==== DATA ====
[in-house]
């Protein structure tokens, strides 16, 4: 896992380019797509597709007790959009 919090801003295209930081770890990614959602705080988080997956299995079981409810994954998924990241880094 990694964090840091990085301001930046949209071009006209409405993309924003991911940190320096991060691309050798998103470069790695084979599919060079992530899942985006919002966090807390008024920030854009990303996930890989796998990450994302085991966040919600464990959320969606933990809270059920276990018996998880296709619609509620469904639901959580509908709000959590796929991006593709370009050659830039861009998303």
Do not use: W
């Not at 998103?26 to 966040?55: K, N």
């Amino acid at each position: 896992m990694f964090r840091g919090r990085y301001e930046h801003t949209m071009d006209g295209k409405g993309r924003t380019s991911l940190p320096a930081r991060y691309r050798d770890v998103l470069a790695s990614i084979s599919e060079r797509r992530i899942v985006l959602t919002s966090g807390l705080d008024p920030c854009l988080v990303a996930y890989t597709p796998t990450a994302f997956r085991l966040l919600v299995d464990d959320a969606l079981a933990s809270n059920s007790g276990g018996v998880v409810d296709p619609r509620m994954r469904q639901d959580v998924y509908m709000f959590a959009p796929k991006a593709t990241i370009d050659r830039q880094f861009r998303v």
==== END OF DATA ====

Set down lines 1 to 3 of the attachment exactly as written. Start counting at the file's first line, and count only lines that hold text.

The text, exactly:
[in-house]
């Protein structure tokens, strides 16, 4: 896992380019797509597709007790959009 919090801003295209930081770890990614959602705080988080997956299995079981409810994954998924990241880094 990694964090840091990085301001930046949209071009006209409405993309924003991911940190320096991060691309050798998103470069790695084979599919060079992530899942985006919002966090807390008024920030854009990303996930890989796998990450994302085991966040919600464990959320969606933990809270059920276990018996998880296709619609509620469904639901959580509908709000959590796929991006593709370009050659830039861009998303």
Do not use: W